<method> initializer looks that information to find out
next-method argument is used. If not, it sets
method-leaf flag of the method object.
The method invocation code looks at the flag and omits creation of next-method object.
Let's see how effective this optimization is. This is the benchmark script.
(use gauche.time) ;; method without next-method (define-method foo (x) #t) ;; method with next-method (for comparison) (define-method bar (x) (when x (next-method))) ($ time-these/report 10000000 `((foo . ,(cut foo #f)) (bar . ,(cut bar #f))))
Benchmark: ran foo, bar, each for 10000000 times. foo: 2.021 real, 3.550 cpu (3.470 user + 0.080 sys)@2816901.41/s n=10000000 bar: 2.099 real, 3.680 cpu (3.570 user + 0.110 sys)@2717391.30/s n=10000000
Benchmark: ran foo, bar, each for 10000000 times. foo: 1.313 real, 1.740 cpu (1.730 user + 0.010 sys)@5747126.44/s n=10000000 bar: 2.051 real, 3.670 cpu (3.570 user + 0.100 sys)@2724795.64/s n=10000000
In wall-clock time, it's about 35% speedup (actually, averaging multiple runs show it's more like 40%). It's also interesting that CPU time is halved---since GC runs in parallel, it indicates this modification generates a lot less garbage, hence less GC time.
Note: Since 0.9.6's built-in methods will be pre-compiled by the 0.9.5 compiler, you won't see the effect of this optimization on built-in methods in the 0.9.6 release. You'll need to rebuild the source with 0.9.6.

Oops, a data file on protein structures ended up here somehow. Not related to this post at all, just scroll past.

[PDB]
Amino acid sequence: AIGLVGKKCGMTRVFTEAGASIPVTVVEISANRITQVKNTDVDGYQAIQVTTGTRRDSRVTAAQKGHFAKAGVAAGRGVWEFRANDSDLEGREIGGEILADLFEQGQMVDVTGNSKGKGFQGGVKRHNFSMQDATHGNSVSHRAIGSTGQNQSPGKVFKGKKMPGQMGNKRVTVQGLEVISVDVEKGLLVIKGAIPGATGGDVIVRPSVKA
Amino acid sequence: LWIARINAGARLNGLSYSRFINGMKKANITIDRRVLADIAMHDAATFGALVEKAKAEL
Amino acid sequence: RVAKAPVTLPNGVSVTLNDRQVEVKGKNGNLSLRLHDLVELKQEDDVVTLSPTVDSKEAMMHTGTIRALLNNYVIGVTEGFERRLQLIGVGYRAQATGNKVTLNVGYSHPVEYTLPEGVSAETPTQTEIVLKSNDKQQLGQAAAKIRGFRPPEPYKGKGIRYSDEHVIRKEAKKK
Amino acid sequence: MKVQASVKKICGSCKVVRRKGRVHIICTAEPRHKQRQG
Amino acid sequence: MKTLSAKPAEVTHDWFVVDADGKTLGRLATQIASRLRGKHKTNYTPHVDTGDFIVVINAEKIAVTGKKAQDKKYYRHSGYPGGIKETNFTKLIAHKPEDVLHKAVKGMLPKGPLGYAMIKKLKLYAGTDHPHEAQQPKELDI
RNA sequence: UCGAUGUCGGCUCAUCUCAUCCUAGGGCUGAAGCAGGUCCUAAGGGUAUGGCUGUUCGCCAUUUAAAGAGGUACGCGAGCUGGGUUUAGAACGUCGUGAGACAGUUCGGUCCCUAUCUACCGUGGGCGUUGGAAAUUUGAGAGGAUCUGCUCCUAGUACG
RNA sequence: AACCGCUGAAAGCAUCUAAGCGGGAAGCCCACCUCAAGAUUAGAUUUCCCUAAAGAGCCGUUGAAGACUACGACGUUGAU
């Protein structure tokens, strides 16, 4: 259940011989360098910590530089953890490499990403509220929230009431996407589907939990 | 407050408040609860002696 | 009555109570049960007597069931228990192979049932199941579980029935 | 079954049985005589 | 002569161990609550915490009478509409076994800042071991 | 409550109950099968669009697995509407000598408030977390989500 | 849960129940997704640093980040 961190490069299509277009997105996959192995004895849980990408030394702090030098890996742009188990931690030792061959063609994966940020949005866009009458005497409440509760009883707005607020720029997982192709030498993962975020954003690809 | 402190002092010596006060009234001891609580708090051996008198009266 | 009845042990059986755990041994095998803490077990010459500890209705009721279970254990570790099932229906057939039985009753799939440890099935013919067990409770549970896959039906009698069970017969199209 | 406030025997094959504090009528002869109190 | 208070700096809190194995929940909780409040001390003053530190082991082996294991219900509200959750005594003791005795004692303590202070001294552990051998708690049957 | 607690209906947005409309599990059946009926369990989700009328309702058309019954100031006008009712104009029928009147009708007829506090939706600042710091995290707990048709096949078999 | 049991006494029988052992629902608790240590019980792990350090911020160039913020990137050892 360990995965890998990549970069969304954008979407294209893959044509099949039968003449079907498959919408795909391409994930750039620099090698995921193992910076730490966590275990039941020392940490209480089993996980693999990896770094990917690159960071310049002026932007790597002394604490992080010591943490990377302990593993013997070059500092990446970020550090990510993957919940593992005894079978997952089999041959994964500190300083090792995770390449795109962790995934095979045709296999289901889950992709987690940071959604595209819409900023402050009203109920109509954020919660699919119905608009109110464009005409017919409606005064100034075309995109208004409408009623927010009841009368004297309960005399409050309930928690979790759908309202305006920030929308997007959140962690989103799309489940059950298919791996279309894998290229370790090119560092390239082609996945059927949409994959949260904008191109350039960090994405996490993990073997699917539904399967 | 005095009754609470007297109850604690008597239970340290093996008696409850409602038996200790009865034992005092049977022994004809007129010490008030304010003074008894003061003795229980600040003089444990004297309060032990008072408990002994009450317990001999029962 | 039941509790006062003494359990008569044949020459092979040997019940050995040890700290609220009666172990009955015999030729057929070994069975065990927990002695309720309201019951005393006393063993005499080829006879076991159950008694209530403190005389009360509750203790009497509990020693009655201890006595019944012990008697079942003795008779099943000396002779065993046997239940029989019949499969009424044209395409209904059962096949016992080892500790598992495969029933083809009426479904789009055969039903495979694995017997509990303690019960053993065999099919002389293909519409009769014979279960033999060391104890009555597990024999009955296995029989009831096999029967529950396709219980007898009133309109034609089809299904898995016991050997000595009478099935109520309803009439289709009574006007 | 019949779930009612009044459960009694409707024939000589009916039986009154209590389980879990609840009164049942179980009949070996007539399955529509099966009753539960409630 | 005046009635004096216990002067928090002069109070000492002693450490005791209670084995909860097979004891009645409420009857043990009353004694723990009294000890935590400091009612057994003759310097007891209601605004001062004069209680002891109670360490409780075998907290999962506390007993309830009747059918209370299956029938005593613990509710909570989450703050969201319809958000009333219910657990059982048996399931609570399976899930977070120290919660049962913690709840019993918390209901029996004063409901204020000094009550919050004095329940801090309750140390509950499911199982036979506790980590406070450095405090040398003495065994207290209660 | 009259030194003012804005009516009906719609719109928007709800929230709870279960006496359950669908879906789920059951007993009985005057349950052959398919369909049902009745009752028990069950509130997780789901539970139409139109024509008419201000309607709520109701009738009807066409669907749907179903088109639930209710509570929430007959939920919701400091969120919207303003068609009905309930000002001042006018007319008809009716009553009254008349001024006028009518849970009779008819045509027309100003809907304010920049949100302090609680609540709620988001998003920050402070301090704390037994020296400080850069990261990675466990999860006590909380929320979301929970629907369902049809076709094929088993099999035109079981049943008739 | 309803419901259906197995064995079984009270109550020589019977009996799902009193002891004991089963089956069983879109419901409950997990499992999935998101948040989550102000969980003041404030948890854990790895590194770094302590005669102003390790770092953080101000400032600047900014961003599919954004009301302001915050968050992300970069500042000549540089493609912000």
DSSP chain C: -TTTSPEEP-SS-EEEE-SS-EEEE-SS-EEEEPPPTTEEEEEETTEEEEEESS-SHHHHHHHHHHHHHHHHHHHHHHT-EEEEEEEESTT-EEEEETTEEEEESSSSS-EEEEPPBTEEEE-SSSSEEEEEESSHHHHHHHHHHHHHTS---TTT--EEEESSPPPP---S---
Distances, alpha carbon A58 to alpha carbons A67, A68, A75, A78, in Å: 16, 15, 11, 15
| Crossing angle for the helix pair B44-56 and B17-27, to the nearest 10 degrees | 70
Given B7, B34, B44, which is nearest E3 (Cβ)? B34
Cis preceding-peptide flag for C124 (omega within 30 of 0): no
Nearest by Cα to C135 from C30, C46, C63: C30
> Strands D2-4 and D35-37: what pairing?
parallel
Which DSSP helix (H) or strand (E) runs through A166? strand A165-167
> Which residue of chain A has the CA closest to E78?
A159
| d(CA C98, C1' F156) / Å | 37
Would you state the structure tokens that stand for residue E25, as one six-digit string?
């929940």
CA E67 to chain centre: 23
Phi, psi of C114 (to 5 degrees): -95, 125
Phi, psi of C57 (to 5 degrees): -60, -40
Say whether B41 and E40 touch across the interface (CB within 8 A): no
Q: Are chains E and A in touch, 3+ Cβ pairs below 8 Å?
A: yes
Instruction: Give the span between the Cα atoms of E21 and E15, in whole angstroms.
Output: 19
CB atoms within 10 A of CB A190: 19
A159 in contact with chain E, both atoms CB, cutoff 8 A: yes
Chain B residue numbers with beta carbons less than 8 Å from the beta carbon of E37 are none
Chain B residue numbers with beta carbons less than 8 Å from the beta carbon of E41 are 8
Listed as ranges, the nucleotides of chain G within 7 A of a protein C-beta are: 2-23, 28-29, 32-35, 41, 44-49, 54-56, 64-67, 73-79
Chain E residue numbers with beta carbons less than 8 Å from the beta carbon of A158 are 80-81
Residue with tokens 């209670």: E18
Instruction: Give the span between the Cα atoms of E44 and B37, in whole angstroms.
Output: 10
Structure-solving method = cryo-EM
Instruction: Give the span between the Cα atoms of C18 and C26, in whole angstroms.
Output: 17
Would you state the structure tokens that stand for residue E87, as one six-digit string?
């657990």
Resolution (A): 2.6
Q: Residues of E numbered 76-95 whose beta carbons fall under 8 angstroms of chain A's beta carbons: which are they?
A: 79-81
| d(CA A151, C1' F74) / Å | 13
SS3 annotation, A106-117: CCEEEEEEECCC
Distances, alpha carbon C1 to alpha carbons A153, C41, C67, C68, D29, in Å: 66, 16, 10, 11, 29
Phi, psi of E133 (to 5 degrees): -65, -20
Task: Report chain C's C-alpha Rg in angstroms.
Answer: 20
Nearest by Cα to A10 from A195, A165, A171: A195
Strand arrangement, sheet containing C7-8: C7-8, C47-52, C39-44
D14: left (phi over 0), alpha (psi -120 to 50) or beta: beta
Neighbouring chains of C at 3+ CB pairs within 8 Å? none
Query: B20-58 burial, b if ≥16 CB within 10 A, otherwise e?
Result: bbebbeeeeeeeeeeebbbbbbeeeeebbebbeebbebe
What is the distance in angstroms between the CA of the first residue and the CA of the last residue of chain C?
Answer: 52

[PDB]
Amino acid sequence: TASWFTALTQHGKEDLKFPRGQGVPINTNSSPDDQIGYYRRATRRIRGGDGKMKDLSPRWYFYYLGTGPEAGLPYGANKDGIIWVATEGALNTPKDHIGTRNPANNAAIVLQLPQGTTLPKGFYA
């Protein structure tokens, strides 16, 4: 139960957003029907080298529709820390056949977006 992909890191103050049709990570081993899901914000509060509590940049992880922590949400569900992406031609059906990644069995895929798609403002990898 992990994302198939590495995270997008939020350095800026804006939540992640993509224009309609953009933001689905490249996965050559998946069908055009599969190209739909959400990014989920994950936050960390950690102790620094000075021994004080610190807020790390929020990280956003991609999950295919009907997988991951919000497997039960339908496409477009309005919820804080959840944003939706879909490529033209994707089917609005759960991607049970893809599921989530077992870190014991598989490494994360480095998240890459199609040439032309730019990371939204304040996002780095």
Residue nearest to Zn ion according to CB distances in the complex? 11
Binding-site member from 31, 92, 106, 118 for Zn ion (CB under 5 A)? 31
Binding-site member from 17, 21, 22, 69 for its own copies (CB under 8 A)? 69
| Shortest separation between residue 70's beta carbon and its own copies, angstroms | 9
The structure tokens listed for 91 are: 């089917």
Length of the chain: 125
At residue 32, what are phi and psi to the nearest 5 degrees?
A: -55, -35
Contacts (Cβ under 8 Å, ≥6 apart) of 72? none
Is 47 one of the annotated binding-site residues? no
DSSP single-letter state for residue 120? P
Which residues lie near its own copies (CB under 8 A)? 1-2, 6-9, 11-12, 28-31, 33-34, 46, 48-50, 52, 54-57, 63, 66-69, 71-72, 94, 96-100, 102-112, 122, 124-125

There are still lots of room of optimization in our method dispatch mechanism, and we'll explore it more in the comping releases.
Another little improvement of online doc
Here's another little feature to be in 0.9.6. You can search info entries using regexp.
gosh> ,i #/^symbol-/ symbol->string Symbols:62 symbol-append Symbols:96 symbol-hash Hashing:154 symbol-interned? Symbols:54 symbol-sans-prefix Symbols:87
gauche.interactive.info module builds the table from entry names to locations in info documents, it's just easy to pick entry names that matches the given regexp.
This raises an interesting question: We already have
can search symbols. What's the difference?
On systems such as CL or Clojure, where docstring is tied to symbols,
it's reasonable to let
apropos for searching, and
doc for retrieving the actual document.
In Gauche, we chose not to adopt docstring convention; instead, we provide a way to lookup separately provided document. This allows you to browse the document of symbols that are not loaded into the current repl, which is handy, since often you need to read doc before finding which module to import.
We can consider
apropos more as an introspection tool into the current running process. With that view, there could be some options to enhance
apropos---e.g. showing visibility of each binding from the current module, and if it's visible, why (e.g. this is visible because the current module imports this module which inherits this module, etc.)